4. 4. Nicholas Clark, BEd, BSc, PG Dip, MSc, MCSP, MMACP, CSCS. Knee Consultant Physiotherapist. Lower Limb Injury Prevention & Rehabilitation Consultant. Lower Limb Extended Scope Practitioner. Clinical Specialist Military & Sports Physiotherapist. Certified Strength & Conditioning Specialist. Co-Founder & Chair (2001-2009), Association of Chartered Physiotherapists in Exercise Therapy. I first becam e interested in the hum an body m ore than 20 years ago after I completely dislocated my leftacromioclavicular joint playing football on a cold, rainy Sunday morning in London. I was immediately admitted to my localhospital and had two complex surgeries over two months. After my first operation, I can remember lying in pain in my hospitalbed, feeling afraid and wondering whether I would ever get the use of my arm back again. It was then that I met aPhysiotherapist for the first time. She skilfully guided me through months of rehabilitation and helped me get back to fullfunction. Because I wanted to learn about what had happened to me, I got my hands on every anatomy and sports injuriestextbook I could find. And my interest in the human musculoskeletal system began. Five years later after I completed my Physical Education degree and became a YMCA Gym Instructor and PersonalTrainer, I began my Physiotherapy undergraduate studies. I wanted to learn as much as I could as fast as I could. I wanted tounderstand what I was doing “to” a patient. And I wanted to be confident that my treatments were as safe as they could be.Then I started to go on my Orthopaedic and Outpatient Student Clinical Placements in London, and got very confused very fast. I ’d see tw o patients on the sam e Orthopaedic W ard w ho had had the sam e operation by differentSurgeons , and the different Surgeons would dictate different rehabilitation programmes for the same operation. I’d have to besure I treated the right patient with the right Surgeon’s rehabilitation programme or I was in real trouble. In PhysiotherapyOutpatients Departments I’d hear experienced clinicians disagreeing about how to treat low back pain, knee pain, and shoulderpain. Some of my Clinical Educators would tell me a low back, knee, or shoulder exercise was essential for a specific injury butthen be unable to explain how it was thought to work, or, more specifically, why it was so important, other than to say thatanother clinician somewhere else in the World had said so. And so it became difficult for me to accept what I heard from acolleague or listened to in a presentation simply on face value alone. I’d keep an open mind and research things further myself.I’d form my own opinion grounded in pathology, anatomy, biomechanics, and neurophysiology – in evidence-based practice. Since that tim e I’ve completed a Post-Graduate Diploma in Clinical Biomechanics and a Master’s degree in AdvancedManual Therapy, and gained more than 12 years of clinical experience in the United Kingdom (UK) including work at the RoyalFree Hospital NHS Trust, Guy’s & St Thomas’ NHS Foundation Trust, East & North Hertfordshire NHS Trust, Saracens RugbyUnion Football Club, and dance and sports injury private practice at Integrated Physiotherapy and Conditioning in London. M y m ilitary ex perience has included working as a Clinical Specialist with the Parachute Regiment and 16 AirAssault Brigade at Colchester Garrison PCRF and RRU and redesigning the Physiotherapy Outpatients service for the Infantryand Armoured Regiments at Tidworth Garrison PCRF, contracted teaching work for Exercise Rehabilitation Instructors andPhysiotherapists for the Ministry of Defence ((MOD) Directorate of Defence Rehabilitation) in the UK, and research with bothregular Armed Forces and Special Operations Forces. I ’ve also had the privilege of being a Visiting Lecturer and External Examiner to the long-standing MSc ManualTherapy and MSc Sports Physiotherapy programmes at University College London (UCL, UK) and King’s College London (KCL,UK), and the BSc Sport Rehabilitation programme at the London Sport Institute at Middlesex University (UK). I’ve also beeninvited to be a Content Consultant to Physiotherapy and Sports Rehabilitation Master’s degree programmes at the University ofHertfordshire (UK) and the University of Salford (UK), and have served as a Manuscript Reviewer for Physical Therapy in SportJournal (UK), The Knee Journal (UK), the Journal of Orthopaedic and Sports Physical Therapy (United States (US)), and aResearch Grant Reviewer for the Physiotherapy Research Foundation (UK). Other roles I’ve been invited to fulfil have includedbeing a Visiting Lecturer to the American College of Sports Medicine (ACSM), a Clinical Supervisor and Clinical Examiner for theMusculoskeletal Association of Chartered Physiotherapists (MACP, UK), and a Rehabilitation Consultant for the British MOD. Currently I ’m com pleting m y P hD in R ehabilitation Science being engaged in cutting-edge research inproprioception and neuromuscular control in knee injury prevention and lower limb performance optimization. After more than20 years of personal study and extensive real-world practical experience I’ve assembled the most up-to-date and usefulresearch and effective practical techniques into every aspect of my work. And now I can show you how to quickly and easilyimplement cutting-edge scientific evidence, practical techniques, and clinical systems into your practice tomorrow, in a way thatquickly gets you your best possible practical results while saving you time and effort, and rapidly increasing your patients’ andclients’ health, satisfaction, and success. © Copyright Nicholas Clark, BEd, BSc, PG Dip, MSc, MCSP, MMACP, CSCS. 2008.
  5. 5. Selected Research, Publications, Book Chapters, PresentationsClark, N. (2011) Training the Airborne Tactical Athlete for Enhanced Function and Combat Readiness. Invited PlatformPresentation. United Kingdom Sports and Exercise Medicine (UKSEM) Annual Conference. London, England, UK.Clark, N. Herrington, L. (2010) The Knee. In- Sports Rehabilitation and Injury Prevention. (Editors- P. Comfort,E. Abrahamson). Wiley Publishers. Chichester. United Kingdom.Clark, N. (2008). Strength Training Programme Design in Physiotherapy Practice: What You Need to Know. KeynotePresentation. Association of Chartered Physiotherapists in Exercise Therapy (ACPET) 3rd Exercise Therapy Symposium.University of Hertfordshire. Hertfordshire. UK.Clark, N. (2007). Defining Skeletal Muscle Performance and Essential Variables in Strength Training Programme Design.Keynote Presentation. Association of Chartered Physiotherapists in Exercise Therapy (ACPET) 1st Exercise Therapy Symposium.University College London. London. UK.Clark, N. (2006). Clinical Plyometrics in Knee Injury Rehabilitation: Basic Science and Practical Applications. KeynotePresentation. British Association of Sports Rehabilitators and Trainers (BASRaT) Annual Clinical Symposium. The CentennialCentre. Birmingham. UK.Clark, N. (2006) Clinical Application of Biomechanical Concepts for the Understanding and Treatment of a Unilateral MedialTibial Stress Fracture in a British Soldier. Invited Platform Presentation. Staffordshire University Tissue Stress Conference.Staffordshire University. UK.Clark, N. (2006) Unilateral Post-Traumatic Leg-Length Discrepancy Causing Contralateral Hip Arthropathy - A Case Study in aBritish Soldier. Invited Platform Presentation. Staffordshire University Tissue Stress Conference. Staffordshire University. UK.Clark, N. (2006) Advanced Techniques in Lower Limb Exercise Therapy: Clinical Plyometrics for Enhancing Biomechanics andNeuromuscular Control of the Knee. Guest Lecture. London Sport Institute. Middlesex University and University College London.London. UK.Clark, N. (2005) Relationship Between Active Hamstring Stretch Reflex Latency and Functional Knee Stability. ManipulationAssociation of Chartered Physiotherapists 2005 Research Presentation Award. 2nd International Conference on MovementDysfunction. Kinetic Control and Manipulation Association of Chartered Physiotherapists. Edinburgh International ConventionCentre. Edinburgh. UK.Clark, N. (2004) Principles of Injury Rehabilitation. SportEX Medicine. 19, 6-10.Clark, N. (2004) Clinical Concepts in Lower Limb Functional Performance Testing. Keynote Platform Presentation. Ministry ofDefence Medical Rehabilitation Services Annual Conference. Headley Court Defence Medical Rehabilitation Centre. Surrey. UK.Clark, N. (2003) Functional Rehabilitation of the Lower Limb. Basic Concepts and Clinical Application. SportEX Medicine. 18,16-21.Hooper, D. Morrissey, M. Drechsler, W. Clark, N. Coutts, F. (2002) Gait Analysis Six and Twelve Months Following AnteriorCruciate Ligament Surgery. Clinical Orthopaedics and Related Research. 403, 168-178.Clark, N. Gumbrell, C. Rana, S. Traole, C. Morrissey, M. (2002) Intratester Reliability and Measurement Error of the AdaptedCrossover Hop for Distance. Physical Therapy in Sport. 3, 143-151.Clark, N. Gumbrell, C. Rana, S. Traole, C. Morrissey, M. (2001) The Relationship Between Vertical Hop Performance andIsotonic Open and Closed Kinetic Chain Muscle Strength of the Lower Limb. Journal of Sports Sciences. 19, 18-19.Clark, N. (2001) Functional Performance Testing Following Knee Ligament Injury. Physical Therapy in Sport. 2, 91-105.Clark, N. (1998) The Long-Term Effects of Different Resistance Training Programmes in Rehabilitation After Anterior CruciateLigament Reconstruction. Nuffield Foundation Research Scholarship. Human Motion and Performance Laboratory. Departmentof Health Sciences. University of East London. London. UK.Clark, N. (1998) Functional Testing Following Anterior Cruciate Ligament Reconstruction: A Proposal for Two Hop Tests atTwelve Month Follow-Up. Nuffield Foundation Research Scholarship. Human Motion and Performance Laboratory. Departmentof Health Sciences. University of East London. London. UK. © Copyright Nicholas Clark, BEd, BSc, PG Dip, MSc, MCSP, MMACP, CSCS. 2008.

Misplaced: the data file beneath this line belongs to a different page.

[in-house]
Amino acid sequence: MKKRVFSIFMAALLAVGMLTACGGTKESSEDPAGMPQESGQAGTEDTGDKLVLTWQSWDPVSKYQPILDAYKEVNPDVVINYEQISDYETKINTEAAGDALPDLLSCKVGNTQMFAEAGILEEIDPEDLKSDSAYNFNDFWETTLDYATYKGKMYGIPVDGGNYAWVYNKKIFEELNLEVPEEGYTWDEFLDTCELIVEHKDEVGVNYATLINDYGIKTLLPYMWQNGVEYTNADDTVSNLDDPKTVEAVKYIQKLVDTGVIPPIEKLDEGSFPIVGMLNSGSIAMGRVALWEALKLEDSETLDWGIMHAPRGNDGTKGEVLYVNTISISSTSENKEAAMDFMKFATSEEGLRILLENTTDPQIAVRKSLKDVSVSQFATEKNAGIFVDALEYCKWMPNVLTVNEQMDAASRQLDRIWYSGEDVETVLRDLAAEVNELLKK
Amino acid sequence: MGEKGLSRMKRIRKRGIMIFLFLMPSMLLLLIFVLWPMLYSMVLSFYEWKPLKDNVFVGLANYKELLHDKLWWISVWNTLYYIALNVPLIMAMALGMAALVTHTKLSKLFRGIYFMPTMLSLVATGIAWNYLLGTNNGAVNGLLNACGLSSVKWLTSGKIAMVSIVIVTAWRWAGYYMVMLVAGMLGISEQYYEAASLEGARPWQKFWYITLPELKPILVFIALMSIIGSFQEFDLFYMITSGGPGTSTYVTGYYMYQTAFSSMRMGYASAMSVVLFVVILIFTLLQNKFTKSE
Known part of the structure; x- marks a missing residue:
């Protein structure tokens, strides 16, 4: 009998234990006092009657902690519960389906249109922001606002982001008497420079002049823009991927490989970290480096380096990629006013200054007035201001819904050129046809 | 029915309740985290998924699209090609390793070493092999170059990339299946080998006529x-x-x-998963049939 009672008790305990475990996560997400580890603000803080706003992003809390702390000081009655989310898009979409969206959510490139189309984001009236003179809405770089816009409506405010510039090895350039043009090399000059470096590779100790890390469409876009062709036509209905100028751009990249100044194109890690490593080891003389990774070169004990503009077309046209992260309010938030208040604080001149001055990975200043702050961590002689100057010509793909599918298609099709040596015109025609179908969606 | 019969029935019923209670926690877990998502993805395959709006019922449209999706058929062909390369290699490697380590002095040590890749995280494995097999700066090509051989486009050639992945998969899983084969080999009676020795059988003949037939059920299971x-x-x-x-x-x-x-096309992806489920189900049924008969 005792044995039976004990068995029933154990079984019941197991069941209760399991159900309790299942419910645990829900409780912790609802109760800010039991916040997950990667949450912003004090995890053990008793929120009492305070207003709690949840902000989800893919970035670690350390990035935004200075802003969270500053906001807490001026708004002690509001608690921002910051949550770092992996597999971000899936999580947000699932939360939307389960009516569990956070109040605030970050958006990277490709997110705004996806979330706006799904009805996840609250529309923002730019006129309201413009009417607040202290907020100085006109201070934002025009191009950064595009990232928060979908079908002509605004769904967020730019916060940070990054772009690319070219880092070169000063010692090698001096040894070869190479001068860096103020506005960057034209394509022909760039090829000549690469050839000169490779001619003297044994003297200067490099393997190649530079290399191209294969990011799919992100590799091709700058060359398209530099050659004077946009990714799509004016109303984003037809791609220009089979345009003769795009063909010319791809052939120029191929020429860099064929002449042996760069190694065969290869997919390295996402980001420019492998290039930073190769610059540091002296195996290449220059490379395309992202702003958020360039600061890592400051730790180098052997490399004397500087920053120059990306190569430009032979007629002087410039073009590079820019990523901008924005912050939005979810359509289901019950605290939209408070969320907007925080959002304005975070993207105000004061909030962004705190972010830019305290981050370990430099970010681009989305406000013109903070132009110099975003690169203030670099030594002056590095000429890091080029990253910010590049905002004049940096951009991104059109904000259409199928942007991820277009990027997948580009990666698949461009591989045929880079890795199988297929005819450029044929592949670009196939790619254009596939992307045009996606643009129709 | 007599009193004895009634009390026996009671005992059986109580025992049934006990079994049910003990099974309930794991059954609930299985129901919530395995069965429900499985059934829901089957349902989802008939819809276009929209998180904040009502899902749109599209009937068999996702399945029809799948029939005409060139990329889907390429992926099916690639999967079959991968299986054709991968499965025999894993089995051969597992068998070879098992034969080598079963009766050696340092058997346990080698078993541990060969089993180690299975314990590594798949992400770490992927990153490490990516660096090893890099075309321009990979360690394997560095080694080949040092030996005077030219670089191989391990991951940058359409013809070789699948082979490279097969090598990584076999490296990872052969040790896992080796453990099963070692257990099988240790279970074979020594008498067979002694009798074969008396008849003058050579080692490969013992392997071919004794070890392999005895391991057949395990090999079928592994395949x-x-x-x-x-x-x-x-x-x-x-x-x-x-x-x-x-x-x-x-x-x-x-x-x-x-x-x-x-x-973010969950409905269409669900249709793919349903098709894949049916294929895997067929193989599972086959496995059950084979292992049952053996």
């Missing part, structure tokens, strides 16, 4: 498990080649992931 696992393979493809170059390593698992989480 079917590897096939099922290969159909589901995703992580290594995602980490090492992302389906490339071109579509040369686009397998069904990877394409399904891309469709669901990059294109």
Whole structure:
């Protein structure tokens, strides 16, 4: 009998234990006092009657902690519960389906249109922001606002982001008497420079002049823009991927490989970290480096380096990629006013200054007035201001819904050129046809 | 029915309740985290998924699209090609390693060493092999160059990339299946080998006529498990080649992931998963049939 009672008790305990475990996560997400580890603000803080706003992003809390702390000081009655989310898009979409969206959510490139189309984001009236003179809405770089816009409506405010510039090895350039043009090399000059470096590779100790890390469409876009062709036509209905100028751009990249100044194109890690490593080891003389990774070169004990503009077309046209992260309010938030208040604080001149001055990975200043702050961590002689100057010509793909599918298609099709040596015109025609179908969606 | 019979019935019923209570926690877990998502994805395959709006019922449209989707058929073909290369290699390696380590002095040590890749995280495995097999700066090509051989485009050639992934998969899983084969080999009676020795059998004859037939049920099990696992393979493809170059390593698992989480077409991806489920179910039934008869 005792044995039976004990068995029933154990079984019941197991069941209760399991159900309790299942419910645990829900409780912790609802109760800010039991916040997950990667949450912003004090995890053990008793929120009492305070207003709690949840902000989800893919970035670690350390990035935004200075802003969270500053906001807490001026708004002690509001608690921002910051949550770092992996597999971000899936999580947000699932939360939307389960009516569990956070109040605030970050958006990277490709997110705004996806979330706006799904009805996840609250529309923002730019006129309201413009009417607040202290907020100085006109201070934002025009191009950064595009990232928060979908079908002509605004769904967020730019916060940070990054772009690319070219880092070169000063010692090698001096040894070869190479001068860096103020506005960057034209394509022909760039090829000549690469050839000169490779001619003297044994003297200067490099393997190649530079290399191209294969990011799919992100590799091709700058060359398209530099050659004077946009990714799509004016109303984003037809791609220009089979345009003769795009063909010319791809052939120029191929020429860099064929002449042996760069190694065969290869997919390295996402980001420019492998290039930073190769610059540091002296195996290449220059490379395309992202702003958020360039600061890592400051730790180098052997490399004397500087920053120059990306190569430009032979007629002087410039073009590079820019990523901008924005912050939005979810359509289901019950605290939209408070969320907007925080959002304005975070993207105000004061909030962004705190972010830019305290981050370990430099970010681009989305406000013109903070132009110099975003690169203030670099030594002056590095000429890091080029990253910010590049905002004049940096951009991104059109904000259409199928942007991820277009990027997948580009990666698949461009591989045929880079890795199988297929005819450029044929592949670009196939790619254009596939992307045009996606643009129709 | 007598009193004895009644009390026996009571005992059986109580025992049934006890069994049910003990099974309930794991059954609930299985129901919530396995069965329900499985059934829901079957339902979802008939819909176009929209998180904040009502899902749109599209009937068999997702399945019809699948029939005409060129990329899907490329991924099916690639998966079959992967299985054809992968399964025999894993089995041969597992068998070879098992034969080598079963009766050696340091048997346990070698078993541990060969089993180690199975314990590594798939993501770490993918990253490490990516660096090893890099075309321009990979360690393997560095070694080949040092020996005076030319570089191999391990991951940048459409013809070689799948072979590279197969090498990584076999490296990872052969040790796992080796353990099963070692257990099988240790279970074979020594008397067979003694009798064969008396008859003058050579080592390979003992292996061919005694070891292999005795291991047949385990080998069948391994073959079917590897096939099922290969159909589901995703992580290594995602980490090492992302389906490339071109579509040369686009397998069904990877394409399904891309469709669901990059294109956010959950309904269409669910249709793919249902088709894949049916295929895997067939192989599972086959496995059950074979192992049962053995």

6. 6. Sports-Specific Task and Demand Needs-AnalysisName: Sex (M/F): Date of Birth (DD/MM/YY):Age (yrs): Height (cm): Mass (kg):Primary Sport: Position: Primary Sport Experience (yrs):Global Location: Temperature Range (°C): Humidity Range (%):Current Season: Playing Surface: Diurnal Range (Night/Day): Physical Fitness and Injury EpidemiologyPerformance Duration (hrs):Main Energy System:Energy System Interaction (%):Distances (walk, jog, sprint, m):Movement Directions (forwards, backwards, etc.):Types of Physical Activity (running, jumping, leaping, etc.):Mobility Demands:Muscle Extensibility Demands:Predominant Muscle Groups:Predominant Muscle Actions:Predominant Type of Muscle Strength:Essential Motor Skills (e.g. balance, co-ordination, etc.):Probable Impact/Contact/Collision Sites:Potential Injury Sites:Potential Injury Types:Other Considerations: Copyright Nicholas Clark, BEd, BSc, PG Dip, MSc, MCSP, MMACP, CSCS. 2005-Present www.integratedphysiotherapy.com enquiries@integratedphysiotherapy.com